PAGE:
Tuesday, 10 January 2017

Books 13 & 14 of 2016: Recapture Your Bounce by Infinite Ideas & The Wench Is Dead by Colin Dexter

I think I've mentioned before the fact that I have a habit of downloading all the free books available in a particular genre every so often. Clearly at some point in 2012/2013 I went through a phase of downloading all the self-help type books I could get my hands on, where they then languished on my Kindle/on the cloud, until last year when I decided to start reading them. I'm putting this down to the fact that I'd been Bullet Journalling and so was thinking of other little changes I could make in my life.

When I picked up Recapture Your Bounce to read on my Kindle I wasn't aware that it was by the same publisher as Goddess Be The Woman You Want To Be (which  I reviewed a couple of weeks ago). It's basically a collection of ideas for ways you can help yourself to have more energy.

I get the impression that this is a collection of ideas which are already published in their other little books. It's very short and it feels a little like a taster for some of the other books which Infinite Ideas have produced.

I'm fairly certain that a couple of the ideas which were given in this book also feature in the Goddess book, or perhaps the Goddess book took ideas from this one. Whichever it is, this one's focus is solely on ways to improve your energy levels.

Some of the ideas aren't really practical which I think is always a problem with books like this. Sometimes they seem to assume that money isn't an issue and anyone can just drop an aspect of your life and get on with something else, which realistically isn't an option for about 95% of the population. Thankfully this book acknowledges this and does suggest alternatives when the main solution isn't really achievable for many people.

All the same, not all of them work for me. The one which stands out for me is the way it suggests things to do during your lunch hour. For starters, I don't have a lunch hour, and if I did, I don't think I'd spend it in the gym or whatever. But if you're open to adapting, then it's not bad; sure I might not be able to head to the gym in my lunch break, but I've got enough time to go for a walk and expose myself to fresh air (sunlight might be a little too optimistic).

There weren't as many quizzes in this book as in the Goddess book but the ones I did do showed that my energy levels aren't too bad. I think this is partly because Mr Click and I have been consciously making little changes over the last year or so and they're obviously paying off. I think if I was do it again now, I'd probably score even higher.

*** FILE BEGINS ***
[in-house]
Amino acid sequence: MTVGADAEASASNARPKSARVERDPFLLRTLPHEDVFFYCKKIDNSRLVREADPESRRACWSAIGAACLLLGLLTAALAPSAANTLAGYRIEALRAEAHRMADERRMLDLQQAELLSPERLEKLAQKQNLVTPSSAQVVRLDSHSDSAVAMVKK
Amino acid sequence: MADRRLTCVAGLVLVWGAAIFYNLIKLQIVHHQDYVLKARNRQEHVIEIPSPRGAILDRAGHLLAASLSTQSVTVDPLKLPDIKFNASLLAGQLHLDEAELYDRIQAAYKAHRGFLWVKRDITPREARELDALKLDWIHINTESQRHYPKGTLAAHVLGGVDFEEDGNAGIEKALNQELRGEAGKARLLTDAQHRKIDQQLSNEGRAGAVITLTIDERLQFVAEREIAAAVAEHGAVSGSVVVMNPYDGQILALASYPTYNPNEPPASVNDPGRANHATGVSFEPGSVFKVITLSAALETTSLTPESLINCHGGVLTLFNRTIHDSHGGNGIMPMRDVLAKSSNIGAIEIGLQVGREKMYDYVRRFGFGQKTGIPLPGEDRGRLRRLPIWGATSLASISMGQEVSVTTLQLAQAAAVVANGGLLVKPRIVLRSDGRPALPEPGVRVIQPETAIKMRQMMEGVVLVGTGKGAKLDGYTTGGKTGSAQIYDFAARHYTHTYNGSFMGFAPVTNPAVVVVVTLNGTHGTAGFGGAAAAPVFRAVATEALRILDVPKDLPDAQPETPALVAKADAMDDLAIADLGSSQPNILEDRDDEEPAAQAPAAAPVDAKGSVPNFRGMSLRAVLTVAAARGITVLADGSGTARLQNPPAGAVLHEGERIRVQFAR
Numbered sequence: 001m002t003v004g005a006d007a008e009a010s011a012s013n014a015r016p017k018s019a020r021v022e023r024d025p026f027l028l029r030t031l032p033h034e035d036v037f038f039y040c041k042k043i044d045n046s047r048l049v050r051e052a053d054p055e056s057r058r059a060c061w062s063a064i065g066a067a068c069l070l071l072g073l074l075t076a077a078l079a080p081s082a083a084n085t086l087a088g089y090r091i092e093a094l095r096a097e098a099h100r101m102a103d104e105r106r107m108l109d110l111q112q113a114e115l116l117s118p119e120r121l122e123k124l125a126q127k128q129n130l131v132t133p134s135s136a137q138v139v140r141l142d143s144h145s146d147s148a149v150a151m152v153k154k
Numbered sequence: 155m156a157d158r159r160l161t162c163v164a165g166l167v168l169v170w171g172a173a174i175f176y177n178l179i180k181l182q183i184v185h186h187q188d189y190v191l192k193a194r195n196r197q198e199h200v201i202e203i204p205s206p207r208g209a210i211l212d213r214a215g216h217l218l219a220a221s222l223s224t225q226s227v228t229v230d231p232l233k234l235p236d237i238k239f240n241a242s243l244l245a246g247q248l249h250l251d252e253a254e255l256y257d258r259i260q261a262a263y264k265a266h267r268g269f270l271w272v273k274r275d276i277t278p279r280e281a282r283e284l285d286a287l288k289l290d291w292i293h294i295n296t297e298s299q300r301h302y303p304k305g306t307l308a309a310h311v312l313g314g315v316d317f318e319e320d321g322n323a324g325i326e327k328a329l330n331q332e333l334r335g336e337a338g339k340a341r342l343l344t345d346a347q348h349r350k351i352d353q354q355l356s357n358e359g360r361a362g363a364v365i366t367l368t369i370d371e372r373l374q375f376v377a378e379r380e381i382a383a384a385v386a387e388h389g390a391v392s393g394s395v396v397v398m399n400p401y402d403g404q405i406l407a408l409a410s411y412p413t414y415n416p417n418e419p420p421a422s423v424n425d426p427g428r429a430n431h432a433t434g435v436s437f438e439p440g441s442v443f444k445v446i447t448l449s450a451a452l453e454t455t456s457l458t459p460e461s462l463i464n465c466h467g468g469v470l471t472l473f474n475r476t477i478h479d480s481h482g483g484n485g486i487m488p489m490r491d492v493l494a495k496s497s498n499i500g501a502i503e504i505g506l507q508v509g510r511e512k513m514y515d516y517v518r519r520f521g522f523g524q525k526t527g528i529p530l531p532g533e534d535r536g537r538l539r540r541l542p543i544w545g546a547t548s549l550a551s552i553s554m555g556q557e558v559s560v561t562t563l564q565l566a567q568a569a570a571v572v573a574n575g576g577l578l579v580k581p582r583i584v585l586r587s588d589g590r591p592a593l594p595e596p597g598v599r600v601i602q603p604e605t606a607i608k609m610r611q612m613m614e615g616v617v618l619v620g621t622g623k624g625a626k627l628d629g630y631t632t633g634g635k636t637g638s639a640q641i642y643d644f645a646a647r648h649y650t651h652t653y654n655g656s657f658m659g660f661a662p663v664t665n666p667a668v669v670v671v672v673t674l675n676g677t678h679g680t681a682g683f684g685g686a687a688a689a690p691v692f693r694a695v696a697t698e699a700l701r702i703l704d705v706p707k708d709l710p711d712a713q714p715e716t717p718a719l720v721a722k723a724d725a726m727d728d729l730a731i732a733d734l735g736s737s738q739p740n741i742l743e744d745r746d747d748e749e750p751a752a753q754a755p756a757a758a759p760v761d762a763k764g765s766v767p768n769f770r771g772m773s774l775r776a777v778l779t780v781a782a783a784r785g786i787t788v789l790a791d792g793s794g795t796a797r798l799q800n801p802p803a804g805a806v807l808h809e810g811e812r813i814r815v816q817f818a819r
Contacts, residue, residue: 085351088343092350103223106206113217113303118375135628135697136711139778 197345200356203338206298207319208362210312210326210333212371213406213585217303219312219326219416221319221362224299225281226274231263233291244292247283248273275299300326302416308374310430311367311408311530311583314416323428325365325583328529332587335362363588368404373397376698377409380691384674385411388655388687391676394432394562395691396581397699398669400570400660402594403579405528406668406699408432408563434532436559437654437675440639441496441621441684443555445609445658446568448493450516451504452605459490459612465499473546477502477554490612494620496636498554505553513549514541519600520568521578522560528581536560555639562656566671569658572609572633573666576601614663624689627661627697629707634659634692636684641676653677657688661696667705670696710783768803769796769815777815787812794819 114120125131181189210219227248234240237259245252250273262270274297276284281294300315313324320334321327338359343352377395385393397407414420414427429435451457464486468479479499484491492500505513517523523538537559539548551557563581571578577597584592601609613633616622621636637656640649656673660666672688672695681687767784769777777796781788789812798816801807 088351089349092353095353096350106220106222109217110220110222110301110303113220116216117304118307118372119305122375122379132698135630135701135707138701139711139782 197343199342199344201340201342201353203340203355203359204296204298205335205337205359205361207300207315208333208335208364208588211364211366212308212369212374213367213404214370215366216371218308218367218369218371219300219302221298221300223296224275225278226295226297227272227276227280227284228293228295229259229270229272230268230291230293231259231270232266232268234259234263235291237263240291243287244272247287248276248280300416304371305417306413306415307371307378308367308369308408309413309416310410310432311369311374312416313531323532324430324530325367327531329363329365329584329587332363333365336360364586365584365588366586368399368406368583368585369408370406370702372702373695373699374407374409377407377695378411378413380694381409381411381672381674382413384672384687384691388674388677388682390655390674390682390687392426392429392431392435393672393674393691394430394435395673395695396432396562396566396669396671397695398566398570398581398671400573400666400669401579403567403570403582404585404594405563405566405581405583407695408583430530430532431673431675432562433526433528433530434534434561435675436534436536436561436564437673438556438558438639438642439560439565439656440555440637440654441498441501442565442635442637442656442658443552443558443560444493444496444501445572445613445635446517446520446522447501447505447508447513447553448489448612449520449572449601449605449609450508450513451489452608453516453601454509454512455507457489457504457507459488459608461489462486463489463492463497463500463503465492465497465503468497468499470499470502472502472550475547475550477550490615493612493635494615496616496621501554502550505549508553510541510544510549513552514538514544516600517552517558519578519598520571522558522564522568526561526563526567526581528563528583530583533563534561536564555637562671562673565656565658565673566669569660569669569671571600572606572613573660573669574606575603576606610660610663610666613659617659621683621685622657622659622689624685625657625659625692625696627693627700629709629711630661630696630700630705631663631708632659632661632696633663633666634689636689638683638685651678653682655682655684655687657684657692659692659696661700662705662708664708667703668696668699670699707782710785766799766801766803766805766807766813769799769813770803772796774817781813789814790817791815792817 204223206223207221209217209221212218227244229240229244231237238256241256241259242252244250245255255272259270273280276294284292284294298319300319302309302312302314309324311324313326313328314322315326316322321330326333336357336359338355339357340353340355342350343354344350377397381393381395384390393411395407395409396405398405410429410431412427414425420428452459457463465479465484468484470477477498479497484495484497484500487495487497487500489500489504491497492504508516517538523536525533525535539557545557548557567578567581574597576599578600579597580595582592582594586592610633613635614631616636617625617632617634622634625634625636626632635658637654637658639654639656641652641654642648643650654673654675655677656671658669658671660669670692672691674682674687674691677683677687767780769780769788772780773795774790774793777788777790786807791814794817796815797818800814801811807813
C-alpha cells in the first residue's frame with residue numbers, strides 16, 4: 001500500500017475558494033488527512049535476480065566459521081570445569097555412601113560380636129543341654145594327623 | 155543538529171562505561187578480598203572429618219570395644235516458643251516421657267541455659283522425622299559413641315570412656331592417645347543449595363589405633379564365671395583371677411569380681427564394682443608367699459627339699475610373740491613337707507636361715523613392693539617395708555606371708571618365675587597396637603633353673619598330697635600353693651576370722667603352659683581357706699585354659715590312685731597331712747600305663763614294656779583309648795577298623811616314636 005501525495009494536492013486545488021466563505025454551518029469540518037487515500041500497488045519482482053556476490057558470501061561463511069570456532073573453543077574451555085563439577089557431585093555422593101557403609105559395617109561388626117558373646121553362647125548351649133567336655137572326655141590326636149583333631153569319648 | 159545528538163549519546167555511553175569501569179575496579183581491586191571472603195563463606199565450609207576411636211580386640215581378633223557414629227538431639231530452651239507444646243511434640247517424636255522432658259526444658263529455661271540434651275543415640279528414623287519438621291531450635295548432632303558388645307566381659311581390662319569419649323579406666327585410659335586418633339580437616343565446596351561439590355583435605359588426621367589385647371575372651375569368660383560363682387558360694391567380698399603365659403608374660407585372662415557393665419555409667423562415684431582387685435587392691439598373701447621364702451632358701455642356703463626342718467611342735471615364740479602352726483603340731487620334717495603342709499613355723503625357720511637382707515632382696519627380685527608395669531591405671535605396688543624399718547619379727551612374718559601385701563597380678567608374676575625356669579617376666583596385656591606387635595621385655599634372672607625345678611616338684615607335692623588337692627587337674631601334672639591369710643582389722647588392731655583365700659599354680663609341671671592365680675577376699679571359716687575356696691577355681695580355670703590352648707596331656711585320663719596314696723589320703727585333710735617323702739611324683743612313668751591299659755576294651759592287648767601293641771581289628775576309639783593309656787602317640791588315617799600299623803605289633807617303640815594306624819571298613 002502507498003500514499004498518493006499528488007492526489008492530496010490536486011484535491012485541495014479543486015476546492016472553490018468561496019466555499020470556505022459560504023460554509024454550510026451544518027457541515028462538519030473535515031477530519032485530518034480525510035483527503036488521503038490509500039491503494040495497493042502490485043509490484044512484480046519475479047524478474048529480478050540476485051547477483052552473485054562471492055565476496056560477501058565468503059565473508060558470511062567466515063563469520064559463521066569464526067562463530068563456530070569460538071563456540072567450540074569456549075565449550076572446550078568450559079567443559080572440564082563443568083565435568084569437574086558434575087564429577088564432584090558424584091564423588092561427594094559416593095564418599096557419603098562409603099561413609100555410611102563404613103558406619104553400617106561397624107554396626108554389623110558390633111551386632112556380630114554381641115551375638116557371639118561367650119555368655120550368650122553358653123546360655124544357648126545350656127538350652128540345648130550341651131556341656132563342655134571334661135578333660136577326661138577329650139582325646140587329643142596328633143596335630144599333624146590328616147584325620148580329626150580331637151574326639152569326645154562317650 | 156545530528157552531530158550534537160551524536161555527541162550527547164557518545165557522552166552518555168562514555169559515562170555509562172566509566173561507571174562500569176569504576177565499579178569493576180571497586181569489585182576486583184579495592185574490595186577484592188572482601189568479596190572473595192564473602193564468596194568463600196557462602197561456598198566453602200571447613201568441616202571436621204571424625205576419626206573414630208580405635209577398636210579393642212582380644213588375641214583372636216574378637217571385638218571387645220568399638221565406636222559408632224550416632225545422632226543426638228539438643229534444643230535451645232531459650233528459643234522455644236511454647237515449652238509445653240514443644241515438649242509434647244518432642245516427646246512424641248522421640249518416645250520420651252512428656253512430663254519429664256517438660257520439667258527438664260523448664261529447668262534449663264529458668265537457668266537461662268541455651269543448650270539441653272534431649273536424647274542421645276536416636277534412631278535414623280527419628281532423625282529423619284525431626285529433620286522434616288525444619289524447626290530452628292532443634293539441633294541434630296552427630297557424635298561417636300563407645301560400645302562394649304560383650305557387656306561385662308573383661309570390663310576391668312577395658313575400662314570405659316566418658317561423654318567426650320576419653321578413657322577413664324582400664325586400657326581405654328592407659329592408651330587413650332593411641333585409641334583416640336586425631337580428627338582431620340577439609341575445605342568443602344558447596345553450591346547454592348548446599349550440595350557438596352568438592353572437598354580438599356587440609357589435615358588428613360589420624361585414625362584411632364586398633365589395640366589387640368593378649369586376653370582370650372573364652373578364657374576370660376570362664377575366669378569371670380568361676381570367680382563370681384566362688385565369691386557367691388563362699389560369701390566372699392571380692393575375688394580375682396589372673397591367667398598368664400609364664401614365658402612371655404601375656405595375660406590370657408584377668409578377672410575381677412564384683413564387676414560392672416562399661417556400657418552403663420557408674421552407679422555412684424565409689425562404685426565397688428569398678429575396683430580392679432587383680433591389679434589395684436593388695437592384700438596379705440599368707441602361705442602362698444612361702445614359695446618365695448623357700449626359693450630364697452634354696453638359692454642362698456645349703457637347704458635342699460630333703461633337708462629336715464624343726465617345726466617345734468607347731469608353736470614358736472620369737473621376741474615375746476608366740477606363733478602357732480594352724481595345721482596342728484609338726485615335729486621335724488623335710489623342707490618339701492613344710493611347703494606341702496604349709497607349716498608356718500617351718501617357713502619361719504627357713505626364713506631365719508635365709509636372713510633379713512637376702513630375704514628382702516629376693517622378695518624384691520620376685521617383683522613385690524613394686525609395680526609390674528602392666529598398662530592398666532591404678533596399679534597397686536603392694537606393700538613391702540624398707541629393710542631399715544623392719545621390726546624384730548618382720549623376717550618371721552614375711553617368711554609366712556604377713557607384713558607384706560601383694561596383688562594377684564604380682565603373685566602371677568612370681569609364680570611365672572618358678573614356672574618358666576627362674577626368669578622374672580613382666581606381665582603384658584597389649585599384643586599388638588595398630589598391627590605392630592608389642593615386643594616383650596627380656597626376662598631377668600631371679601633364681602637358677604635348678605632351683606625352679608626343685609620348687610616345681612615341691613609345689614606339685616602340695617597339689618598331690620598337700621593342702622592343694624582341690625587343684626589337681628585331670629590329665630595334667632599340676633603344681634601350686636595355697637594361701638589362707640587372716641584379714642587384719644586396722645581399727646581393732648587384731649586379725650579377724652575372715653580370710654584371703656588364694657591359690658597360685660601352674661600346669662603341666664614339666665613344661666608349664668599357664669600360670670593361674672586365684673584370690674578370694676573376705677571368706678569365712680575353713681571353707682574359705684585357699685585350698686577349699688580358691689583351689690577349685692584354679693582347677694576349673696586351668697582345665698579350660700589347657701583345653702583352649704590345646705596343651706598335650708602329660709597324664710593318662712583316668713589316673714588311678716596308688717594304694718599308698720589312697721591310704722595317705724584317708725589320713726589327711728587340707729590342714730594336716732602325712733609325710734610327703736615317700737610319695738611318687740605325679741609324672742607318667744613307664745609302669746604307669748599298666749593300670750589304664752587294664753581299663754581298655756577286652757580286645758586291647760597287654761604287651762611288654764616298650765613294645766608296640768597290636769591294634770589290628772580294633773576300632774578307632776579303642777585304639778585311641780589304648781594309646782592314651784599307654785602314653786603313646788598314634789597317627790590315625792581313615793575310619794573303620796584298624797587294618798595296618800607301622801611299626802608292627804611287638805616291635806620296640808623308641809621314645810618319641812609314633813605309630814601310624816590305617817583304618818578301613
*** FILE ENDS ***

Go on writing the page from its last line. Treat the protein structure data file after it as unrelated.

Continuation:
It's a neat little book to highlight areas where you might need to make changes and help you think about you might feel a particular way. Definitely worth a read if you're into these sorts of books.

I followed Recapture Your Bounce with The Wench Is Dead which is Colin Dexter's eighth Inspector Morse book. At the time it was published it won the CWA Gold Dagger award so I had high hopes for this one.

This one breaks the usual format of the Inspector Morse in that he spends much of the book in hospital unwell. He learns of a historic murder case and sets about killing time in hospital by trying to solve the mystery. It's a much better use of his time than mine when I was in hospital. All I did while I was there was read Watership Down and The Pumpkin Coach and I didn't solve any murders at all!

I wasn't really sure what to think of this one at first because I've spent seven books getting used to the standard Morse format (someone is murdered, Morse gets on the case, several more people die or go missing, Morse makes several massive leaps of speculation, maybe someone else dies or goes missing, one of the massive leaps of speculation pays off, they catch the murderer).

Once I got into it I found I really enjoyed it. I loved the idea of Morse solving a crime from his hospital bed and I got so into the story that in the end I read it in just three days!

In typical Morse fashion, it did rely on rather a number of coincidences. He just happened to meet the people who had access to the things that he needed. He was able to visit Joanna's childhood home (which I think was scheduled for demolition or renovation or something) and find notes beneath the wallpaper. It was kind of a series of contrived coincidences, but at the end of the day, they slotted into the story and to be honest, I didn't really mind.

I do wish that the story had ended with Morse actually doing something with his findings. He did it all for his own amusement as some sort of intellectual exercise. Even though the case was very old I'm sure it would have been nice to give some sort of closure to any surviving family members to know that great-uncle whoever didn't actually kill that woman.

Niggles aside, I think this might be one of my favourite Morse books yet!

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